Jeunet: Because I wanted to make a joke with the end, at the beginning of the film -- also, it was perfect in terms of music. And it gave us the idea to use the Max Steiner music for the whole film.
When we heard the music from the clip, we thought, oh, this works perfectly for the action scenes. And then we opened the catalog of Max Steiner, because he worked on so many films, it's crazy. And we were very lucky, because we found some very good recordings he made back in the 1970s, in stereo.
It worked so well, it was strange. Sometimes we would use 40 seconds of music while we were editing, and it would work perfectly, we had nothing to cut. It was like a miracle.
Cinematical: One of the movie's themes seems to be how we're affected by movies whether we're watching them or imitating them or making them ourselves.
Jeunet: Yes, because when you make movies, in fact, you don't have a real life. Vacations? No. So all my references are coming from books or other films, much more than real life. Except the small details are from real life. You are in the line in the supermarket, every time the other line goes faster than you are. I love to notice all these stupid things, and I put that in my films. You know, I put the poster of the film [Micmacs] in the film.
Cinematical: The billboards! I remember seeing that.
Jeunet: There are five. You will have to find them all. You will have to buy the DVD.
I made this film for fun, because I was starving to make a film. Because I lost two years working on Life of Pi. It was a great project, and it was a huge pleasure to write the script -- but it was too expensive. Now Ang Lee is supposed to make the film. Good luck, Mr. Ang Lee.
Cinematical: Do you think movies do affect most of our lives?
Jeunet: For Amelie, I received so many letters. It changed the lives of so many people. You know there is a cafe from Amelie in Montmartre [Cafe des Deux Moulins] and now it's 10 years after, all the time people still take pictures. All the time, it's crazy! And they never invite me. And they never pay for coffee for me, can you believe it? I am sitting down at the cafe, I am sitting very close to the poster -- there's a poster there [from Amelie]. And some Japanese girl tries to take a picture, I am used to [he ducks and scrunches down in the chair].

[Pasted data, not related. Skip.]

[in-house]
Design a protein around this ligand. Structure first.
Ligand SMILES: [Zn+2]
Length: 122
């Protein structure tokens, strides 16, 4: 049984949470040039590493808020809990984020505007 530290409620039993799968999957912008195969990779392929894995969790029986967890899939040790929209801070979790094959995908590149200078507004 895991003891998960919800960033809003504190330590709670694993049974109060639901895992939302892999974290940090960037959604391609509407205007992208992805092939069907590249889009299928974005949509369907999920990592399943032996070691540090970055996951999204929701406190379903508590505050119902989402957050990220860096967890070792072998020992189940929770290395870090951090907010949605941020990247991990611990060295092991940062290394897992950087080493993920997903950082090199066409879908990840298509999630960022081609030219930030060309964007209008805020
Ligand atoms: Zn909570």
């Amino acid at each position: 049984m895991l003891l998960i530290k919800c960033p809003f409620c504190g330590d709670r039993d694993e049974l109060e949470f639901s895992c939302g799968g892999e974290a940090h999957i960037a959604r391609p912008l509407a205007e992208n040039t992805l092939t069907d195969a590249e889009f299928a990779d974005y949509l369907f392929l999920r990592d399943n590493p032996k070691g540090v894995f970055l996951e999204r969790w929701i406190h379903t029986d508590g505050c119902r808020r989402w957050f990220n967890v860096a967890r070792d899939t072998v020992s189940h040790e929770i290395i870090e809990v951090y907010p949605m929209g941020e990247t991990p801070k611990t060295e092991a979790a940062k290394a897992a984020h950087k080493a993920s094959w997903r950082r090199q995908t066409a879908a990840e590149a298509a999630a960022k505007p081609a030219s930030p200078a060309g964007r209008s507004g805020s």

Cinematical: Wait, you have to hide, so they can take a picture of the poster?
Jeunet: One day I am there with Jodie Foster, and they asked us to push over so they could take a photo of the poster. Sometimes I try to say, "You know, I am the author of Amelie." They don't believe me. At Cafe des Deux Moulins they sell 1,012 creme brulees per week, and they never invite me, can you believe it?
Cinematical: Are you there often?
Jeunet: I live right by the cafe. But they have repainted it, it is like an 80s cafe, it's ugly. They had repainted it in pink. But then no one wanted to come inside. One week later, they repainted it again.
Cinematical: What would you like to work on next?
Jeunet: Ideally, I would like to make an adaptation. But I don't want to make a film just to make a film. I need to be in love with the subject. And it is difficult -- I was very pissed off because I would have wanted to make The Lovely Bones.
Cinematical: I wonder if you've read A Confederacy of Dunces.
Jeunet: Everybody speaks about this book, and I couldn't read it. I don't know why, but I had to leave after 50 pages. But a lot of people have said that, "Oh, you have to make this movie."
Cinematical: Well, I thought I would be the first. I was wrong. Is there a type of film you haven't made yet that you would like to make, some day?
Jeunet: I would like to come back to a more emotional film. Because this one was funny, but it was for kids, that kind of slapstick. Now and I would like to go back -- when I mean go back, I think about Amelie, maybe with more emotion. And to shoot faster with a light camera, maybe.